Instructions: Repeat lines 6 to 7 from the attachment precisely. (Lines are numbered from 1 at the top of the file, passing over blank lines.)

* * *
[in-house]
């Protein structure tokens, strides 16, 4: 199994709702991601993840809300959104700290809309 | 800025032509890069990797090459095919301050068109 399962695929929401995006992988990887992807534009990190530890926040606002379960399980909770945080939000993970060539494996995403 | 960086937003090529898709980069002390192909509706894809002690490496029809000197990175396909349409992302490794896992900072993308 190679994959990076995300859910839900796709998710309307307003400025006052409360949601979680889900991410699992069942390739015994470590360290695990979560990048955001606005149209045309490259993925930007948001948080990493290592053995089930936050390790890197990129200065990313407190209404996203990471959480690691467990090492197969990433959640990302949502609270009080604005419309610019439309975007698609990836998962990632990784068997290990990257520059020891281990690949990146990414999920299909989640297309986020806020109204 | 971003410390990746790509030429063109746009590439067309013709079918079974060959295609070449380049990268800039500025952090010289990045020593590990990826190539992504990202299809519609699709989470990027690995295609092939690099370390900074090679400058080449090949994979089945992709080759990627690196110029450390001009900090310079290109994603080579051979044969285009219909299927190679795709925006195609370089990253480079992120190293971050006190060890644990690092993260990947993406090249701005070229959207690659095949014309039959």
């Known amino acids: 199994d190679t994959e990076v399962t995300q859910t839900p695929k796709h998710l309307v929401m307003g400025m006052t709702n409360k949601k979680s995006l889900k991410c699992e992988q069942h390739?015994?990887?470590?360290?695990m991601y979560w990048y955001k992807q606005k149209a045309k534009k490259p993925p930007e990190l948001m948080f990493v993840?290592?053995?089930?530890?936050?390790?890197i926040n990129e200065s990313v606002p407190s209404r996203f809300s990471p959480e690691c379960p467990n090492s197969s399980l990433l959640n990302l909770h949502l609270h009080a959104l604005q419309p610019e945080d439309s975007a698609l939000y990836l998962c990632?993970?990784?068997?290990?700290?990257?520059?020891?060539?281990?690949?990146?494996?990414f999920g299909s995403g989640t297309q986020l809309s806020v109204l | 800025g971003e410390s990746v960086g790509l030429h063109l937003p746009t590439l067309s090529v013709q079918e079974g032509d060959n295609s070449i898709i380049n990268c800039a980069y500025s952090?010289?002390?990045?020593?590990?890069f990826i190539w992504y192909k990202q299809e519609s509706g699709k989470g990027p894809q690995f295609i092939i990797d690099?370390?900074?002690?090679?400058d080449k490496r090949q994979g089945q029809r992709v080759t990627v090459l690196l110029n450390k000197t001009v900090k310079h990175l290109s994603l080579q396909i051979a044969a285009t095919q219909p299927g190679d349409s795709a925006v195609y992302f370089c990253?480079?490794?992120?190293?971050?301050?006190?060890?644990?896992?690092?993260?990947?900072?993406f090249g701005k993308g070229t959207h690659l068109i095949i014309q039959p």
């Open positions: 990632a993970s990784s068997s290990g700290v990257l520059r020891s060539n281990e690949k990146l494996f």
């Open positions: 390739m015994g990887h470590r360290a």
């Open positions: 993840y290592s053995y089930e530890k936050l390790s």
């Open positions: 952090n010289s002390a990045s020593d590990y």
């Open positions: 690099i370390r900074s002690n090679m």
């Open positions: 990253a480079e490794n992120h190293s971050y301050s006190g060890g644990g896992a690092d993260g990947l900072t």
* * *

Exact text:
């Open positions: 993840y290592s053995y089930e530890k936050l390790s």
């Open positions: 952090n010289s002390a990045s020593d590990y």